WASHINGTON (JTA) — As the holiday of Tu b’Shevat approaches, congregations and families prepare to look at the natural world with wonder and celebrate the abundance of earth’s incredible resources. At many of our celebrations, we will read from Ecclesiastes 1:4: “One generation goes, another comes, but the earth remains the same forever.”
Yet our generation is learning that this promise may not be ensured. The earth is changing before us, and the resources we enjoy today — abundant food, a stable climate, and clean, breathable air — may not be here forever.
This Tu b’Shevat, which falls on Jan. 30, brings an awesome responsibility: We must act to save the very creation that we celebrate — the planet that is ours in trust.
Tu b’Shevat, which began as a minor holiday marked by a festive meal, has grown into the modern Jewish Earth Day, linking traditional celebration with our growing sense of environmental responsibility. As we connect our tradition to these modern challenges, we deepen our sense of personal responsibility, planting trees and reminding ourselves that it’s a mitzvah to reduce, reuse and recycle. Jews have long taught that every act counts and each decision matters.
But we must also step beyond. As citizens of the nation that sets the tone for the world’s environmental standards, American Jews have a special duty. It is a Jewish imperative to raise our voices for what we believe is right and just: legislation that will effectively address the environmental crises of our generation.
This Tu b’Shevat, we have the opportunity to move beyond individual and communal celebratory activities to raise our voices in addressing broader challenges to our environment. To truly mark the holiday and meet its intent, we must do more than plant trees or attend a seder — we must commit to advocacy on the polices that affect environmental integrity. And the place to start is the United States Congress.
Scientists, economists and religious leaders agree on the need for comprehensive climate and energy legislation. We need laws that include science-based targets placing a strong cap on carbon emissions and have stringent short- and long-term goals. This is the only way to limit both the current global temperature rise and future environmental degradation.
We need laws that will create the bedrock for America’s transition from polluting fossil fuels to clean, renewable energy sources. It’s simply not enough to tell citizens and corporations to pollute less. We must provide them with viable alternatives, and that will require a national legislative framework.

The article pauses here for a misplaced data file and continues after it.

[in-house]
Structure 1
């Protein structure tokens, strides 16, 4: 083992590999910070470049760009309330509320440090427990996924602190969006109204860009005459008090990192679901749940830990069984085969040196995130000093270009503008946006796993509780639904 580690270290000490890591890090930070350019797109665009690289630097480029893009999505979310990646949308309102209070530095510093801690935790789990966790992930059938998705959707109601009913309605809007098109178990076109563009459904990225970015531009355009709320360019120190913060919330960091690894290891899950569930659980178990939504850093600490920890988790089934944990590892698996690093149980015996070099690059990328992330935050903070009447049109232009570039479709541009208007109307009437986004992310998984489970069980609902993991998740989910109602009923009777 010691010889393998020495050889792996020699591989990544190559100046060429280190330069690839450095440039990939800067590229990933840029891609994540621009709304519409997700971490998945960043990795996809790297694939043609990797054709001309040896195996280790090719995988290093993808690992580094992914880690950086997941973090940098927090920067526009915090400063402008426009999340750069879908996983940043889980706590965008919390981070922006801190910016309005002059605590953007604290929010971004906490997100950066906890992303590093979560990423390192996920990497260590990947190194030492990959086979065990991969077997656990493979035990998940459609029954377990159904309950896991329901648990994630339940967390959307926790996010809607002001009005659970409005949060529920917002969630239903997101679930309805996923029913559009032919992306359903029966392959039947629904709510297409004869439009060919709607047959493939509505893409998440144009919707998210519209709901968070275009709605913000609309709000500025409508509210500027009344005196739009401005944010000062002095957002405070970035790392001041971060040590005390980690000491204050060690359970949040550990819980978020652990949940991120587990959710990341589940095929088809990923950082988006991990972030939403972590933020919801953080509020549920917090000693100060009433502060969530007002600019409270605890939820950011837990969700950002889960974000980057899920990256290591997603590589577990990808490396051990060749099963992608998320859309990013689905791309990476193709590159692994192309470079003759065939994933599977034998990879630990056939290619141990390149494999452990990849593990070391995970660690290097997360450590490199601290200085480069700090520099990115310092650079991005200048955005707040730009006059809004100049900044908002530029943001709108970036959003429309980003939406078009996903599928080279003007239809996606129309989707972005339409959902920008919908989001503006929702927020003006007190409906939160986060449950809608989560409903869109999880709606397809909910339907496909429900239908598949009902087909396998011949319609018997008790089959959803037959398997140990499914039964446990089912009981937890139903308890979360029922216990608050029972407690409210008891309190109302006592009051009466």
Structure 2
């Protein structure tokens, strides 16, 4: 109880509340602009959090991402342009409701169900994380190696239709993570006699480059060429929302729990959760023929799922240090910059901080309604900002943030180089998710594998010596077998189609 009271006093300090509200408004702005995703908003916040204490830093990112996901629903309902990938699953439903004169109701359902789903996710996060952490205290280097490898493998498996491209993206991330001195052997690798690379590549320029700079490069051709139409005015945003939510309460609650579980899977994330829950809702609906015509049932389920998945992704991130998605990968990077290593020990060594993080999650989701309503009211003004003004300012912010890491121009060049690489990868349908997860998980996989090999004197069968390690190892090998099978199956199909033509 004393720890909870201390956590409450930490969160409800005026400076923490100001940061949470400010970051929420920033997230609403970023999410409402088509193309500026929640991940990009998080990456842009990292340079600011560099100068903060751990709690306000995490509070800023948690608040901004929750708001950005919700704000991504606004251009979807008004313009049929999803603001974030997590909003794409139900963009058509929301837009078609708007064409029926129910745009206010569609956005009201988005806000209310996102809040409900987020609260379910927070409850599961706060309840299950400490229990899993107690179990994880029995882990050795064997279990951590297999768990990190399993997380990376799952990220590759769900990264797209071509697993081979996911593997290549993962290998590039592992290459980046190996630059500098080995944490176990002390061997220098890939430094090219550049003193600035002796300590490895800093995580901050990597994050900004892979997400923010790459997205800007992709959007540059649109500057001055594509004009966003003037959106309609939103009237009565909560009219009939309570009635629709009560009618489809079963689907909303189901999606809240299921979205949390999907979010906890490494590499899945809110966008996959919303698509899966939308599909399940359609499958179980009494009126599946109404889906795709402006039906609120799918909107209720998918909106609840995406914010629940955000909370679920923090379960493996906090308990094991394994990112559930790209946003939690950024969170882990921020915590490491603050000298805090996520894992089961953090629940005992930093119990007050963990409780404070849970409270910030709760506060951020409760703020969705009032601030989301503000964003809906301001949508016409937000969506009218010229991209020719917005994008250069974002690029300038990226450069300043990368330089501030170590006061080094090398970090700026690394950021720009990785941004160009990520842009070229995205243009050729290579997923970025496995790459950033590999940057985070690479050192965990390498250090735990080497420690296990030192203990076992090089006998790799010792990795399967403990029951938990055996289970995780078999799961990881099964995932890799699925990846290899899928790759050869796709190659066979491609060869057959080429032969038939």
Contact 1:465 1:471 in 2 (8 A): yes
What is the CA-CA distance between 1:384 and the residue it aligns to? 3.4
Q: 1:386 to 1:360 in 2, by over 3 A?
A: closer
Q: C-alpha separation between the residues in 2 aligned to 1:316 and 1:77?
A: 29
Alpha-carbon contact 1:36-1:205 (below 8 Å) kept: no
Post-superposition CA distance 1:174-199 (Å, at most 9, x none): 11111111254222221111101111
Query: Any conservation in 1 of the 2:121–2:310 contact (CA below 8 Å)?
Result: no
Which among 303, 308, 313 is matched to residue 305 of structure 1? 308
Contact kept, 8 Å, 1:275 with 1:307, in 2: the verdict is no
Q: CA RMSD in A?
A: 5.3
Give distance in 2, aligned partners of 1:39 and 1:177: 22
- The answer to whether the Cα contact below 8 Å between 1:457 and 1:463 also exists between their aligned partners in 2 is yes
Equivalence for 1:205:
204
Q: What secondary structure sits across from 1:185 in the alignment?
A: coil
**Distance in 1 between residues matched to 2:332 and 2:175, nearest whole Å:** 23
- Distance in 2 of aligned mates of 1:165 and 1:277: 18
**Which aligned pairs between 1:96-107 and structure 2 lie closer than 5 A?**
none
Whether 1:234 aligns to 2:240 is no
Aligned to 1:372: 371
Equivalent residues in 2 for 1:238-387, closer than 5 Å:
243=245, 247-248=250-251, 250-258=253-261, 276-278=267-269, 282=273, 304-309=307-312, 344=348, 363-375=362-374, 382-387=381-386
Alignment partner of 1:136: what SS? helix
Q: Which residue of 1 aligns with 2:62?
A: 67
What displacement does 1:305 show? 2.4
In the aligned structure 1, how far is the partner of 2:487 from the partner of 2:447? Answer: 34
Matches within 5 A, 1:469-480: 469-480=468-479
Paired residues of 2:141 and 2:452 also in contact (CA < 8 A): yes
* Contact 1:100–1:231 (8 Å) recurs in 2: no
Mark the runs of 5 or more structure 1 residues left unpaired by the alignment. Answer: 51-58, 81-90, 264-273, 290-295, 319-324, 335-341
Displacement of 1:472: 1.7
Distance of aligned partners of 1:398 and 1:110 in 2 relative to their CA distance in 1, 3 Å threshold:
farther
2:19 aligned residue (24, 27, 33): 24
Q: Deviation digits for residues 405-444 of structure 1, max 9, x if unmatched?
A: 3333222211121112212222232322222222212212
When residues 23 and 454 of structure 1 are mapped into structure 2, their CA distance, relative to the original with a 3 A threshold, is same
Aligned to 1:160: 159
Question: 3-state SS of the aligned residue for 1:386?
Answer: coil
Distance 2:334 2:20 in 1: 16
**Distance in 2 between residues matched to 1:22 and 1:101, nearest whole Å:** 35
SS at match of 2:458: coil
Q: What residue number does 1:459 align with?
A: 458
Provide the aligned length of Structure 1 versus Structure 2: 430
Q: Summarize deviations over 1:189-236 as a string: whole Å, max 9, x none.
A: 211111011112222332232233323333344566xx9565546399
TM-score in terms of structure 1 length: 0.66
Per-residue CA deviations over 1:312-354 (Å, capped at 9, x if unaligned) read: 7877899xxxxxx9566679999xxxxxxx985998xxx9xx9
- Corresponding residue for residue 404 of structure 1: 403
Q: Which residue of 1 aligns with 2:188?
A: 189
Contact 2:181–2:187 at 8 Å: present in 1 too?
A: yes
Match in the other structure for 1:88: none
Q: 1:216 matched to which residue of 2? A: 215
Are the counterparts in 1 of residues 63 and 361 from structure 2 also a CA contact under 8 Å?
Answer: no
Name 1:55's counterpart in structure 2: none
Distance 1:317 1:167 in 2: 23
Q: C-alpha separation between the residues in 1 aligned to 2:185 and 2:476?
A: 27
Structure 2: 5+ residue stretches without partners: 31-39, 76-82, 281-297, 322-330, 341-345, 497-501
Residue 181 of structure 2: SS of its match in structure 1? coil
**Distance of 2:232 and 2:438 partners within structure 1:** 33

We need meaningful measures to minimize the impact of climate change and new energy policies on low-income communities and vulnerable populations in America and around the world, including sufficient funding for international adaptation programs that help communities confront the effects of climate change — drought, flooding, changing agricultural patterns — that some are already seeing. Industrial changes of this magnitude will have an enormous impact on the lives and livelihoods of millions of people. We must see to it that in our efforts to save the planet, we do not harm the people who live on it. In the aftershock of Haiti, we see vividly the horrifying damage of neglecting infrastructure among the poorest of the poor.
Some argue that Congress needs more time to consider environmental legislation, insisting that we cannot rush such an important task. Yet time is the one thing that we, and the planet, do not have. As ice caps melt and oceans rise, island nations and entire species are becoming endangered even faster than predicted.
The United States exerted essential leadership at the United Nations climate conference in Copenhagen, and it is time for our nation to follow that lead with legislation. We must call on our elected representatives and the administration to pass comprehensive energy and climate legislation for a healthier environment — and for the cause of human survival.
In Midrash Ecclesiastes Rabbah, we learn that the Creator led Adam around the Garden of Eden saying, “Look at My works. See how beautiful they are, how excellent. See to it that you do not spoil or destroy My world — for if you do, there will be no one to repair it after you.”
On Tu b’Shevat, it is our moral and spiritual duty as part of our celebration to call on our lawmakers to join us in the task of tikkun olam, repairing our broken world. The seasons are turning, and time is not on our side.
(Rabbi Steve Gutow and Rabbi David Saperstein are board members of the Coalition on the Environment and Jewish Life.)